Weekly Newsletter

The Jonas Brothers are out with a new hit, Sucker, after a break of 6 years. The bros are all grown up and feature their wives/fiances in the music video which made it to the top of the Billboard 100. Nick promptly bought Priyanka a Maybach ($200K car) as a gift. Cool, no? The three brothers and their significant others are all participants in the gig economy. They get paid when, and only if, they work.

The gig economy is fraught with risks – you have to manage sales, cash-flow, collections AND deliver a great work product. But soon many will not have a choice, as it will be the only gig in town. Pun intended. Even movie stars used to be on retainer – Judy Garland famously got $6000 a week from MGM at her peak in the 1950s. This was partly because the studios were churning out a movie every 9 days or so and hence needed steady supply of starpower. But by the 1950s the retainer model was an anachronism and stars were hired when work was required.

With the rise of data and AI, transparency is hugely improving and the price of visibility dropping rapidly. In the past, say, if you were a newspaper, it was hard to tell which article worked and which didn’t. Or, if you were a college, which lecturer delivered and which didn’t. Or which ad campaign worked. Moreover, even if you did know, you couldn’t scale their magic. Now, with digital tech, you can.

If a work product can be defined clearly, and its value measured, businesses prefer to move to an outcome based model rather than keeping the producers on a payroll. So an Uber or Ola means that drivers no longer are on a salary but get paid when they work. Ditto programmers, writers, designers, SEO specialists who use gig platforms. More and more jobs can be converted to a “work product” and companies will be eager to do so.

Another reason for MGM to keep stars on a retainer was that they were investing in their brands and developing their skills and hence wanted to hang on to their investment in an exclusive fashion. Ditto Disney’s Hollywood Records which had a contract with Jonas Brothers for six years. But employees – and pop stars – are fickle, often seeking better opportunities despite the best of investments. Today there are models of training, assessment and certification which are run by external bodies and can be opted into by anyone keen to keep themselves employable. The onus of investment is moving from employer to employee.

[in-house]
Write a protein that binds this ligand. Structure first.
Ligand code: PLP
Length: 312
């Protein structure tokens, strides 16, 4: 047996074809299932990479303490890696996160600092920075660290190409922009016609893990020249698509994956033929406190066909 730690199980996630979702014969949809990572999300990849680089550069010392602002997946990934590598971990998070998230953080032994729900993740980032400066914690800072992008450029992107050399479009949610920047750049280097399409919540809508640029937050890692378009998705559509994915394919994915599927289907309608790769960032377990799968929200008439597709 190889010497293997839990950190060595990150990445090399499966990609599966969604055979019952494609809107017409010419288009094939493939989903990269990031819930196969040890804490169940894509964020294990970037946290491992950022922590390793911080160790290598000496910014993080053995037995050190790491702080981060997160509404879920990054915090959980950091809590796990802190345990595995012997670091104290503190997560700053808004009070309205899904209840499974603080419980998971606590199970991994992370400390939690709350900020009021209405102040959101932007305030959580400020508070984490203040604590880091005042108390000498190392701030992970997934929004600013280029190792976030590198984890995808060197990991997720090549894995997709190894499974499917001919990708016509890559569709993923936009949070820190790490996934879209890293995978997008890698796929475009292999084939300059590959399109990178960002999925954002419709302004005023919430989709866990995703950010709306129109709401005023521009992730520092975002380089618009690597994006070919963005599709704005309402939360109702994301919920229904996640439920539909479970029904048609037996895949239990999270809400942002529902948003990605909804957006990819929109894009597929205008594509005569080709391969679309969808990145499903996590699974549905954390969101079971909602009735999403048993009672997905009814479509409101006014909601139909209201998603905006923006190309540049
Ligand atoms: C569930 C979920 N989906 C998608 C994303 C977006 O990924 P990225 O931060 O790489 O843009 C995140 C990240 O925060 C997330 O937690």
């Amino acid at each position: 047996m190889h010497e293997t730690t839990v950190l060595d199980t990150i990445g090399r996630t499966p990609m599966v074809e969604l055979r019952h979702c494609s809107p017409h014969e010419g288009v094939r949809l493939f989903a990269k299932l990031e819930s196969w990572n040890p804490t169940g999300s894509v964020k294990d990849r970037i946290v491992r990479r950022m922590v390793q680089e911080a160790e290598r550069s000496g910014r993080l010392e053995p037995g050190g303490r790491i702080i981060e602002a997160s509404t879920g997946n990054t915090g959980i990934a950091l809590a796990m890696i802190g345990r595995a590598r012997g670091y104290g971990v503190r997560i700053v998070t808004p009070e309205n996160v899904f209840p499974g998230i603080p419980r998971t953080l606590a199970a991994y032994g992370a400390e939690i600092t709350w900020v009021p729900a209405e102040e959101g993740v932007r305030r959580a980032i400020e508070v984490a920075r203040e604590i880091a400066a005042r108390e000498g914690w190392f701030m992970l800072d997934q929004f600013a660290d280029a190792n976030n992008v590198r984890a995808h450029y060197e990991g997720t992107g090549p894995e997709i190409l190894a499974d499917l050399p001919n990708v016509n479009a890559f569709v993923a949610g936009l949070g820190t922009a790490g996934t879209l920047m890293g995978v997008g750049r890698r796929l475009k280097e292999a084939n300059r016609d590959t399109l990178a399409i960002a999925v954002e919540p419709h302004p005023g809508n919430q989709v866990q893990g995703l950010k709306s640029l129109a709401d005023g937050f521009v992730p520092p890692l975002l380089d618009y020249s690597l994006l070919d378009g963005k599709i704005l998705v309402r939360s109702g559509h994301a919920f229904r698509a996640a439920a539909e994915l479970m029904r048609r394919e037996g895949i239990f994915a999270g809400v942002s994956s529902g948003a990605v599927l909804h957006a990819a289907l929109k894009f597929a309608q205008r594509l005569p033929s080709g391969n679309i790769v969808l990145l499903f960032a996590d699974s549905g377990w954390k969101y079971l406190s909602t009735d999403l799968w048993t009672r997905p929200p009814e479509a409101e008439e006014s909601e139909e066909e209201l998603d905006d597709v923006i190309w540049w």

Salaries will be applicable to the most valuable skillsets, the ones which are required at high frequency, and ones where you need exclusivity. All other types of services will evolve into outsourced contracts and flow into the gig economy. What about managers, did I hear you say? They will have to manage the delivery of a work product as a P&L owner. And unless they bring hard, unrepeatable skills to the table, very soon that role will be automated. (Uber replaced many operational and managerial roles with its app.)

Organizations already outsource many functions – accounting, recruitment, training, demand generation, inside sales – that used to be done inhouse. The next phase of evolution will be that the providers of these outsourced services – which are already not on a retainer but on a pay-as-you-go-basis – will move their creators to a non-retainer model too.

In light of all this you may be wondering why US bigwigs would shell out up to $500,000 to get their kid into an Ivy League school illegally. (Google if you haven’t read about this scam – fascinating reading) Is the education worth it? Maybe not. But the trust and authority granted by these hallowed names is just as useful in a gig scenario. I mean, if you had to choose between two candidates on an online forum, you’re more likely to pick the fellow from Harvard, no? Harvard will also give you a fantastic network to leverage for your lifetime.